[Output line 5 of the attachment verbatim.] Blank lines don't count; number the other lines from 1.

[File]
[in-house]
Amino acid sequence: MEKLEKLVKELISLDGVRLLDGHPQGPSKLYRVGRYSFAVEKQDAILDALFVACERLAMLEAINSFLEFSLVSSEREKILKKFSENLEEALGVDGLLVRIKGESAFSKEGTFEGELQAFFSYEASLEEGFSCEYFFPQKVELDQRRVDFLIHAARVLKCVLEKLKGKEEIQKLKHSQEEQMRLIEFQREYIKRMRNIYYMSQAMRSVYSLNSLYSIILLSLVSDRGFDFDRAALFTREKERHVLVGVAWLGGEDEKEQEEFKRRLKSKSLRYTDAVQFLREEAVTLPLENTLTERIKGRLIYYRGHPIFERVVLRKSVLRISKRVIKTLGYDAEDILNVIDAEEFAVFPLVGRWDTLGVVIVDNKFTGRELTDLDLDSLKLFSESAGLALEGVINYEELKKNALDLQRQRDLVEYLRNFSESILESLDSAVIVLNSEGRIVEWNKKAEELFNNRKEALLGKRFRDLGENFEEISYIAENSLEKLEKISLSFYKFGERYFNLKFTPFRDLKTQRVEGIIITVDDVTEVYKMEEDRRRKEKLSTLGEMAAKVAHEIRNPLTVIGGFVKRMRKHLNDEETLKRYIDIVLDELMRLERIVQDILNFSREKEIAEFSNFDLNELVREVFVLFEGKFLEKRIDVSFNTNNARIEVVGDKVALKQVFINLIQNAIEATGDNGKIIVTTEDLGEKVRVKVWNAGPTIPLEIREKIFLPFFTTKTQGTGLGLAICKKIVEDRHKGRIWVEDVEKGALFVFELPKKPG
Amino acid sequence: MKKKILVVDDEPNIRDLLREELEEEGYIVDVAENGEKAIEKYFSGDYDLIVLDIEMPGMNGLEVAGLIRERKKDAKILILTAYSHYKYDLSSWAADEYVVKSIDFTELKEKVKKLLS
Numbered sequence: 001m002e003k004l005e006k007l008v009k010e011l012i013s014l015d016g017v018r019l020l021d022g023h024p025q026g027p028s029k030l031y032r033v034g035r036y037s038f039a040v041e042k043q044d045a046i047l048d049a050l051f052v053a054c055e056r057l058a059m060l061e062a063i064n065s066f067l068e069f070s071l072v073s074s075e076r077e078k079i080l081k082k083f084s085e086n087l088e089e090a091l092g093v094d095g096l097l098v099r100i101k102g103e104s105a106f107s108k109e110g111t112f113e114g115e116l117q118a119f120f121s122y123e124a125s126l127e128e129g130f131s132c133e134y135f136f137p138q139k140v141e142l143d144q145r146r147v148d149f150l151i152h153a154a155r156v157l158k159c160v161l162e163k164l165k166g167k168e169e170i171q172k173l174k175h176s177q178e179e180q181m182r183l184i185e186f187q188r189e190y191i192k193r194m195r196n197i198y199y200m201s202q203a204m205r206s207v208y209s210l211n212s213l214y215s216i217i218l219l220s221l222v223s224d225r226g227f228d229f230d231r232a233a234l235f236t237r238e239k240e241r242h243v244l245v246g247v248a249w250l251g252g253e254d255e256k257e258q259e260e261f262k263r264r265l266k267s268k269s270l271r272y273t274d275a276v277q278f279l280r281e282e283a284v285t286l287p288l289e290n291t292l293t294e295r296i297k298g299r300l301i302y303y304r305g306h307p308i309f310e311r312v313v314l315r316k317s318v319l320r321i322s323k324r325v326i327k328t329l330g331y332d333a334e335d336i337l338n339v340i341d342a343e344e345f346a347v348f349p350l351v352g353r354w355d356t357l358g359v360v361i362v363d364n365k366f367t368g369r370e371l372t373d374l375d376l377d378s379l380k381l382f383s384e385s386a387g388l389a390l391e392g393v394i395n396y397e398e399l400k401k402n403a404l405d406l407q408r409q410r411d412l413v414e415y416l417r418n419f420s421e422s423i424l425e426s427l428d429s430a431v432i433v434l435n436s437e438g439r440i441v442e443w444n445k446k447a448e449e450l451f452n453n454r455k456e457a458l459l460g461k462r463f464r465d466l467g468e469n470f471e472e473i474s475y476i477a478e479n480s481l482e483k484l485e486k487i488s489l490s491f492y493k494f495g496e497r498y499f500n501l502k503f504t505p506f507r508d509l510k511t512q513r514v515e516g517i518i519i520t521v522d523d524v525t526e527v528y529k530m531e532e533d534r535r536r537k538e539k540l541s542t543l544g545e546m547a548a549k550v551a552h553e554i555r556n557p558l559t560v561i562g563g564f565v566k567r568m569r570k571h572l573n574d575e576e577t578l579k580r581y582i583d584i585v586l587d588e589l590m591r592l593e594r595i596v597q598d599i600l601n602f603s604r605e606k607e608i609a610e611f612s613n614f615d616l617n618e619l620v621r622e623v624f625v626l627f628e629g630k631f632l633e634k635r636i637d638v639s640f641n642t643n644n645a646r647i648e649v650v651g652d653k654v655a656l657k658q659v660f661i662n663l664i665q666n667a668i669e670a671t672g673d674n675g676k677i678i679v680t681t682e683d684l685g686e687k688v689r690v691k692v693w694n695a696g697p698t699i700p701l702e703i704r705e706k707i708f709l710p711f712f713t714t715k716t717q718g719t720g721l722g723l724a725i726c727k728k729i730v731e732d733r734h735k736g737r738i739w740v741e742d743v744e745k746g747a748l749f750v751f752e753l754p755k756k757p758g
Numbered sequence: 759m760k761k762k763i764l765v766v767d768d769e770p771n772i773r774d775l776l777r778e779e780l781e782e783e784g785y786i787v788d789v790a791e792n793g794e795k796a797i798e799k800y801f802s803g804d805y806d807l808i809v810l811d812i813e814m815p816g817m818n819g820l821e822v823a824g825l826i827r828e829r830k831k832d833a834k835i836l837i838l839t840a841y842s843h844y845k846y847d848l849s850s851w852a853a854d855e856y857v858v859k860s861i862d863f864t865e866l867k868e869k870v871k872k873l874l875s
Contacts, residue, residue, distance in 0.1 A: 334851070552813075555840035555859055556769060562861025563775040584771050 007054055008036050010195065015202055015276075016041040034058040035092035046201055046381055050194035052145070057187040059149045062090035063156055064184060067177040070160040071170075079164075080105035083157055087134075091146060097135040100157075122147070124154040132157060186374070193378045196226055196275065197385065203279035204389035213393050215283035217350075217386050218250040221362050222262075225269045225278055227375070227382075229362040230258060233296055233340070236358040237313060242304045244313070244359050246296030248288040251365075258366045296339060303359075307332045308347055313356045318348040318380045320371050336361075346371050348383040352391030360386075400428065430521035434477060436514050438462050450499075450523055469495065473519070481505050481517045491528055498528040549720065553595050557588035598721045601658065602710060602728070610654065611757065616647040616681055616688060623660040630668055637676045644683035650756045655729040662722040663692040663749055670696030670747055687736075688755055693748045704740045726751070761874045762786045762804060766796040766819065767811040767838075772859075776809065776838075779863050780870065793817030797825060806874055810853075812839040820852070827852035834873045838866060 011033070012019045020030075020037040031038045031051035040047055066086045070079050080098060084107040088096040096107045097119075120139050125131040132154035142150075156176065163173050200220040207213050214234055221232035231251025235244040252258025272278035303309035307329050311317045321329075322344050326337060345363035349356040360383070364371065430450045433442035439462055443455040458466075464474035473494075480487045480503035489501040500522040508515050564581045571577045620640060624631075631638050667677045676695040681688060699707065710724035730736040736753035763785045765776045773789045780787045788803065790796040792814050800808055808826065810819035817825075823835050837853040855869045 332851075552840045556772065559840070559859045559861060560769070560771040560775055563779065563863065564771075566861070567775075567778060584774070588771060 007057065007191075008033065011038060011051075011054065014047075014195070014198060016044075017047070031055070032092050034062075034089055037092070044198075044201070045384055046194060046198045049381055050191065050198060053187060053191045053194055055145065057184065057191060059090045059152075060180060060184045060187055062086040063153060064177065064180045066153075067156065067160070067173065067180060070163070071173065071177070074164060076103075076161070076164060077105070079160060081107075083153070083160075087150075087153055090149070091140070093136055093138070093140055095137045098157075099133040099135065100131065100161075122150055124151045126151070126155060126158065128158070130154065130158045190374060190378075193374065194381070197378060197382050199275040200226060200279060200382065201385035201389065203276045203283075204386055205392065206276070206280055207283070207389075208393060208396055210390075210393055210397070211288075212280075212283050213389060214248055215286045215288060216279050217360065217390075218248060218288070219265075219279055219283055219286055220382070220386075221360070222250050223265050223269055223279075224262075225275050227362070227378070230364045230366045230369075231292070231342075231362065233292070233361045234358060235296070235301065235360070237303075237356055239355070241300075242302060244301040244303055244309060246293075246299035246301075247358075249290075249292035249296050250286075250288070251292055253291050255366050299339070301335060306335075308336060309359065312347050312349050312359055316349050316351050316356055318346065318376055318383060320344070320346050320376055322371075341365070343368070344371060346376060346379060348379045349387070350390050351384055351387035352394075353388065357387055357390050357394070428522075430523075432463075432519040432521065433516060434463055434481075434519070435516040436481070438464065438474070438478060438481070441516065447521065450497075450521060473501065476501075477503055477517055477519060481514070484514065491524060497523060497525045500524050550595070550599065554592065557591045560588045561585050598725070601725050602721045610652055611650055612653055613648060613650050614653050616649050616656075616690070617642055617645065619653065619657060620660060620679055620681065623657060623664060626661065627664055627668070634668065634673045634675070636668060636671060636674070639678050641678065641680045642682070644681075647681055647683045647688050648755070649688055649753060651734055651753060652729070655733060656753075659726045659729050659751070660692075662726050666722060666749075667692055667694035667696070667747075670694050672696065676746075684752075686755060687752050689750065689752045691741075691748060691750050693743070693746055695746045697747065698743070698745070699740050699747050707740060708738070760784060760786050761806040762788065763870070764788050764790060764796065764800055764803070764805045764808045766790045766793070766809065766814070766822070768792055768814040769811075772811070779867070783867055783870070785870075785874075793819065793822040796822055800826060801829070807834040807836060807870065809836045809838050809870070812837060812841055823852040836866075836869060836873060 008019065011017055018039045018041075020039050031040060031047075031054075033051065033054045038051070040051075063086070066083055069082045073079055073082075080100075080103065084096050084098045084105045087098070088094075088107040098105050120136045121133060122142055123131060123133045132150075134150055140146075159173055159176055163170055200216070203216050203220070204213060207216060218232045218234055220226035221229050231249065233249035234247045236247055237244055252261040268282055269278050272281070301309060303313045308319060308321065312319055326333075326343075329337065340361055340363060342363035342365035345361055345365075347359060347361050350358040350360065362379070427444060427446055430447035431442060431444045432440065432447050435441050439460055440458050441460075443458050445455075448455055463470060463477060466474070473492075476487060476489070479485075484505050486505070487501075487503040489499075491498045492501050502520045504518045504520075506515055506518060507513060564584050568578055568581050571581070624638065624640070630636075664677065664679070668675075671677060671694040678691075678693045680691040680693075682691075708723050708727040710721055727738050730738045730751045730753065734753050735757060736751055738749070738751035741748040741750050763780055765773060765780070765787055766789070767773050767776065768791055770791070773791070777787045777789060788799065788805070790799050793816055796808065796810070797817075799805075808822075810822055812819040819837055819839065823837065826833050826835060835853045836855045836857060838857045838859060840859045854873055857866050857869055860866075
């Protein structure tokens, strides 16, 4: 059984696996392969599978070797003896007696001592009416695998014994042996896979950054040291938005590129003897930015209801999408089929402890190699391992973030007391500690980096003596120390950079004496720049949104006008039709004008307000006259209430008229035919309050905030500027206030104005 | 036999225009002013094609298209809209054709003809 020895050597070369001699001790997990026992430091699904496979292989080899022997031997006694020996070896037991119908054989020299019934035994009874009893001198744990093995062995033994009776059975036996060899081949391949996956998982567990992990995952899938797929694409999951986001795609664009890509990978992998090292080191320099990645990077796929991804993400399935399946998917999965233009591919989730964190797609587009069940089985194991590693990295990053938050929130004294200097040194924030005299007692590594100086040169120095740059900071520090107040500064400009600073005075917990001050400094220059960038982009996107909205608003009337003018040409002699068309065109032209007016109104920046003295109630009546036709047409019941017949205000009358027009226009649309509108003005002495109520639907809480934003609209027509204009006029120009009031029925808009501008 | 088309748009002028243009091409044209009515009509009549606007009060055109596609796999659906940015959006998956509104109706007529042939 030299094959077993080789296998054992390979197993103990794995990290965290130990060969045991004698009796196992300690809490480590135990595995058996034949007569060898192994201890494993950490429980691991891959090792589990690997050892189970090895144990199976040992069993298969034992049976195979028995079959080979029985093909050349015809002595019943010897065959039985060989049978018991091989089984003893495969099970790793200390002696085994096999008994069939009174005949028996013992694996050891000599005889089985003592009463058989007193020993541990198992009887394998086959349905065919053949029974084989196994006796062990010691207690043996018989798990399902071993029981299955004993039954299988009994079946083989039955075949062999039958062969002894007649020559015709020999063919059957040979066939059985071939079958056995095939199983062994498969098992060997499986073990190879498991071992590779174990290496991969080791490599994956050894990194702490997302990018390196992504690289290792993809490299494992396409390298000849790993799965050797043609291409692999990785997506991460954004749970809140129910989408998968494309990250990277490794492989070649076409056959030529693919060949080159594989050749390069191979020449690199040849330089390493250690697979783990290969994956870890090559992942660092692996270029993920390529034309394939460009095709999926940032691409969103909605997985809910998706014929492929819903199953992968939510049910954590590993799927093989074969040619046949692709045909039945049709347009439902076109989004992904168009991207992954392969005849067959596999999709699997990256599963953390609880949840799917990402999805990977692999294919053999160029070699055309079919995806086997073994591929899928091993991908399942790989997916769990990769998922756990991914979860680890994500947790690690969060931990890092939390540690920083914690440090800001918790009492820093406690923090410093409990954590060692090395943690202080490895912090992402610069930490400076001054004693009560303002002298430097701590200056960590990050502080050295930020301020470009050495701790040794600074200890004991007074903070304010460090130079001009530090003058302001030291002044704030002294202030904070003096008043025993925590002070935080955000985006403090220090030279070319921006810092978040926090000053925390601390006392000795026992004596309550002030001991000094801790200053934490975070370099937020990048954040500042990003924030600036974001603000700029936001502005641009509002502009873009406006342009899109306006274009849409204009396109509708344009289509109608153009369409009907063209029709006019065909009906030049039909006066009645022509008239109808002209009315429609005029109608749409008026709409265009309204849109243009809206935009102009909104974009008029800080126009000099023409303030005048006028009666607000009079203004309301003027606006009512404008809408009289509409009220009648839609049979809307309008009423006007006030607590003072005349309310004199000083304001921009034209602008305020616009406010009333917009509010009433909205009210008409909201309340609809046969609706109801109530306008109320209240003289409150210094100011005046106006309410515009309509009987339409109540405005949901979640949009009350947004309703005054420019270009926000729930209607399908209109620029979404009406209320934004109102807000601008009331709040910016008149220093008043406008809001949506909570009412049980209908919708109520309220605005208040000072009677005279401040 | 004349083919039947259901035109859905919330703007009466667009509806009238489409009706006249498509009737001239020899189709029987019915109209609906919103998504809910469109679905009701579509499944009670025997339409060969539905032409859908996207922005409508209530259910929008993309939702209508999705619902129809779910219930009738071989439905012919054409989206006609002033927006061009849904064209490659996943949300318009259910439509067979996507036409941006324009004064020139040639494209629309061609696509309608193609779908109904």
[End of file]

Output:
Numbered sequence: 759m760k761k762k763i764l765v766v767d768d769e770p771n772i773r774d775l776l777r778e779e780l781e782e783e784g785y786i787v788d789v790a791e792n793g794e795k796a797i798e799k800y801f802s803g804d805y806d807l808i809v810l811d812i813e814m815p816g817m818n819g820l821e822v823a824g825l826i827r828e829r830k831k832d833a834k835i836l837i838l839t840a841y842s843h844y845k846y847d848l849s850s851w852a853a854d855e856y857v858v859k860s861i862d863f864t865e866l867k868e869k870v871k872k873l874l875s